By Smitty Allenby
The fact that the first SHARKNADO was even made is ridiculous. The fact that it was a hit is astonishing. And the fact that they made a sequel is completely outrageous. And yet, here it is…
SHARKNADO 2: THE SECOND ONE isn’t a horror movie but neither was the first one. Rather it is like an absurdist comedic/violent episode of THE LOVE BOAT; a cheap, tacky cinematic rust-bucket full of declining celebrities and wanton absurdity. But with sharks. LOTS of sharks, once more raining from the heavens and chomping their way across America.
Ian Ziering reprises his role as a former surfer bum Finn (har har!), whose heroic efforts in the first SHARKNADO have cemented his iconic status. While on a plane to NYC with his ex-wife (a returning Tara Reid), the sky darkens and suddenly sharks are fudging up the engines and blowing holes in the aircraft. While passengers fly out and sharks fly in, Finn commandeers the plane, lands it and immediately sets out to warn the world that another Sharknado is afoot. Many people die and many http://premier-pharmacy.com/product-category/allergy/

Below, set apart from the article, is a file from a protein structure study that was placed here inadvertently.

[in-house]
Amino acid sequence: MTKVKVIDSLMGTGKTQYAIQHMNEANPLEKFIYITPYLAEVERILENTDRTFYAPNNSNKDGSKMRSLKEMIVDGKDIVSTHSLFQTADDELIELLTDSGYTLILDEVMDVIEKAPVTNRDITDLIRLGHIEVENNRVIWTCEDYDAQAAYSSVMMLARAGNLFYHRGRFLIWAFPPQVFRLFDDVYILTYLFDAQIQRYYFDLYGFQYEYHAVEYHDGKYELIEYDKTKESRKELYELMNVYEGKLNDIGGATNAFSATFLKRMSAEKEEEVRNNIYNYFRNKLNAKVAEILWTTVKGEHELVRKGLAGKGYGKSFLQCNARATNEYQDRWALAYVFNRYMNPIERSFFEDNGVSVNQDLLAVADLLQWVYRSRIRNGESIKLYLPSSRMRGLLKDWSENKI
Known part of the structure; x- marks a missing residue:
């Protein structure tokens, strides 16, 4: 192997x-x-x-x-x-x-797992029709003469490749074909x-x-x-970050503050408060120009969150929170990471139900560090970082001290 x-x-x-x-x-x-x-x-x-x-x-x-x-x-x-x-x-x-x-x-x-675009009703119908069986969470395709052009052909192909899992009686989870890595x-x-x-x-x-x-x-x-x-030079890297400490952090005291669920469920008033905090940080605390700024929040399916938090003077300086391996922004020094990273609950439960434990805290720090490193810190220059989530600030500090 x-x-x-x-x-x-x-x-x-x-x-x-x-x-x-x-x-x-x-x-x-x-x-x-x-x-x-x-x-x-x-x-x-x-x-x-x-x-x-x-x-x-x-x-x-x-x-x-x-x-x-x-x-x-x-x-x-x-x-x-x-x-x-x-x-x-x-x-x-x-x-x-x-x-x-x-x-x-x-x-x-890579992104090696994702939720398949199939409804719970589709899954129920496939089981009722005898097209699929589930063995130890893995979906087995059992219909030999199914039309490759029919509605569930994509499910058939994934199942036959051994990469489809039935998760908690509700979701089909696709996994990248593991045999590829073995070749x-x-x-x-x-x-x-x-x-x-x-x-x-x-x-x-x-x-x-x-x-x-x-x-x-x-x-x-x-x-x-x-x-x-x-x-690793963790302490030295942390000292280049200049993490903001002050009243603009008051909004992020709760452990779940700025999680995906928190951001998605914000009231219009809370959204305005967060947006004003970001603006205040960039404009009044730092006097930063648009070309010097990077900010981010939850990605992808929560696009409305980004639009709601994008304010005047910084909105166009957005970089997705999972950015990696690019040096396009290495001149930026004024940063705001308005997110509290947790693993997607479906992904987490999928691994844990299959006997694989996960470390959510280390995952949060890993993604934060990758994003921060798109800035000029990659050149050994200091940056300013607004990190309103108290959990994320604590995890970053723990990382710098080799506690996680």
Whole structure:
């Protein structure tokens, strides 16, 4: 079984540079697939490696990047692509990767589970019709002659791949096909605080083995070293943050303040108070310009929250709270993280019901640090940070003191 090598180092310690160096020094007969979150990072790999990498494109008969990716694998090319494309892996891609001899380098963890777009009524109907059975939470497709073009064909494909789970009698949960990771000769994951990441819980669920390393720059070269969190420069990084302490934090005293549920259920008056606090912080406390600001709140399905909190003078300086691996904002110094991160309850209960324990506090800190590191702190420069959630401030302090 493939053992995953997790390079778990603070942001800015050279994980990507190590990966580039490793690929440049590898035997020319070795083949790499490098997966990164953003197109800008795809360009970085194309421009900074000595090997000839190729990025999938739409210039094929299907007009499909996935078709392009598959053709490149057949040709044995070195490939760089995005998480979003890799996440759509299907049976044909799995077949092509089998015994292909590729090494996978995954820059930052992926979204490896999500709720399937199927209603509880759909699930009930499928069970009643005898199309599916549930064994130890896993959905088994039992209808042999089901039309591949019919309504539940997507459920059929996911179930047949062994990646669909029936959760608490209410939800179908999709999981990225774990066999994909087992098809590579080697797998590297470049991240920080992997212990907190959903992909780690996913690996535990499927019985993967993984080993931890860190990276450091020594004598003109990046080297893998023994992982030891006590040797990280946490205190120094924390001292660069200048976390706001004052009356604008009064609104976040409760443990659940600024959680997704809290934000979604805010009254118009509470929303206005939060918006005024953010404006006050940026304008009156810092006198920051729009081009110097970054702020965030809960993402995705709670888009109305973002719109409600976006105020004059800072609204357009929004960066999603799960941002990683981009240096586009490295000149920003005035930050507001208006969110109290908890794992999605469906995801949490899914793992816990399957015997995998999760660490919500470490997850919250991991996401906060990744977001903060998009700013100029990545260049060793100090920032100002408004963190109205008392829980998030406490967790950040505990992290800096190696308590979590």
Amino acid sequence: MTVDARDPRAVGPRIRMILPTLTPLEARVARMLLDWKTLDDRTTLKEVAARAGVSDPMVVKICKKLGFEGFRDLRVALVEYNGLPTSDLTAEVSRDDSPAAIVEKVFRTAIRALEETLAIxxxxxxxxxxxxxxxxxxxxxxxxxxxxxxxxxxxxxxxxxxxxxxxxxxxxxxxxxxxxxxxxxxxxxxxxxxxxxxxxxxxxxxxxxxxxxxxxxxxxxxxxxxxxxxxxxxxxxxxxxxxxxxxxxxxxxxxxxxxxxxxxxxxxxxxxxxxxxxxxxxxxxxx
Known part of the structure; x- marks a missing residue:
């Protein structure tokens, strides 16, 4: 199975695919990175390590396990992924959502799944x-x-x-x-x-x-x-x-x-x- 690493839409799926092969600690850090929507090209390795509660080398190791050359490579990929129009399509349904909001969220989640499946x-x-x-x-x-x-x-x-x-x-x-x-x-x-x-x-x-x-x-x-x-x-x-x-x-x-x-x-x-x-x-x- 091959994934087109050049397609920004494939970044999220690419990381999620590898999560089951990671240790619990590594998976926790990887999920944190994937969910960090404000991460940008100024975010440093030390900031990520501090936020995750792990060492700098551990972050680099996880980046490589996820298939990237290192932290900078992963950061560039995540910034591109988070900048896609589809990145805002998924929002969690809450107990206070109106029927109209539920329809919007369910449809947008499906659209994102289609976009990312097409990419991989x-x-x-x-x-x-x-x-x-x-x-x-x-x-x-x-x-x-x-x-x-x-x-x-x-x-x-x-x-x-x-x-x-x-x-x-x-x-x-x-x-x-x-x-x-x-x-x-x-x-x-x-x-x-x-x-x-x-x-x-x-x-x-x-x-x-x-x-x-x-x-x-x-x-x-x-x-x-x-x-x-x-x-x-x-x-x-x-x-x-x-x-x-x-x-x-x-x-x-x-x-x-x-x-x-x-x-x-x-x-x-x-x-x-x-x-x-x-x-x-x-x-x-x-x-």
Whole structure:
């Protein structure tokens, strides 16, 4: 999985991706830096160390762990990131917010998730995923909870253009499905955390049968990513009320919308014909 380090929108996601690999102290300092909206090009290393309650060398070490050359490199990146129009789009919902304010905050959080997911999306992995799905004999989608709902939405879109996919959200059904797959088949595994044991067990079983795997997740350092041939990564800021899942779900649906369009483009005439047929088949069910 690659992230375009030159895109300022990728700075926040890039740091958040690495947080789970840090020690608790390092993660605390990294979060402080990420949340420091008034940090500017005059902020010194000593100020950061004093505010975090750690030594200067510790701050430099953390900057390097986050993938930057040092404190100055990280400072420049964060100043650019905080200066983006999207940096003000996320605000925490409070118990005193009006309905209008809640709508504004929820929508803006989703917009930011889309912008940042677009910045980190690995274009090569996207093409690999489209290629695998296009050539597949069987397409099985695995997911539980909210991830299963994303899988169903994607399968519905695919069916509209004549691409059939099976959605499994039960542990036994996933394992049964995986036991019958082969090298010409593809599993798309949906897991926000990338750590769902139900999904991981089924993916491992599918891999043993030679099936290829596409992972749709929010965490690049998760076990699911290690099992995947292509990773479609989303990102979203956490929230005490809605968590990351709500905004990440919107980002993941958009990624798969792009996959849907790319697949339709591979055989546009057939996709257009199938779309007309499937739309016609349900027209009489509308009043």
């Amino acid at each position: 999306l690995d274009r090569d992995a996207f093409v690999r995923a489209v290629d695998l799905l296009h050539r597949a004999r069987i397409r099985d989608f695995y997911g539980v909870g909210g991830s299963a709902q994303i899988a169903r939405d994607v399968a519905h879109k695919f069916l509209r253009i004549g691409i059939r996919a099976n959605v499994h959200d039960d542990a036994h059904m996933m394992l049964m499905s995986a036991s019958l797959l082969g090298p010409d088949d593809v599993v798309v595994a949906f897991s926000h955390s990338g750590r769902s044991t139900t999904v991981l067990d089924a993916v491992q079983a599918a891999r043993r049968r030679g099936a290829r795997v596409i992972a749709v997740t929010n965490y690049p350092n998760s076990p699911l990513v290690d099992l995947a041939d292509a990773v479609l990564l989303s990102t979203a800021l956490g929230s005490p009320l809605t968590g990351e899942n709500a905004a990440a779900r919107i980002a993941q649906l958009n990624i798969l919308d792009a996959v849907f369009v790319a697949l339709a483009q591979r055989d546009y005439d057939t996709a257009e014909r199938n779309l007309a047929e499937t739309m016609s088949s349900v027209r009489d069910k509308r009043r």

And that’s about it.
You don’t watch a SHARKNADO movie for great cinema or lyrical screenwriting or even decent special effects. You watch a SHARKNADO movie to laugh and have a good time and, if nothing else, SHARKNADO 2: THE NEXT ONE is a great damned time. There’s no crime at giggling at/with writer/director Anthony C. Ferrante’s cheerfully moronic magnum opus. The man knows exactly what he’s designing and for what audience. Digital eating machines flying through the air battling chainsaw-wielding ex-BEVERLY HILLS 90201 stars is an acquired taste, to be sure, and we’ve certainly got the fever for its flavor.
DVD/Blu-ray Special features include a deleted scene, outtakes, making of featurettes and assorted distracting supplemental materials. Oh and make sure you sit through the closing credits, which are the fastest moving things outside of syndication hell and feature Ziering oddly and casually eating pizza.
Weird stuff, amusing flick.
DELIRIUM Review: 7/10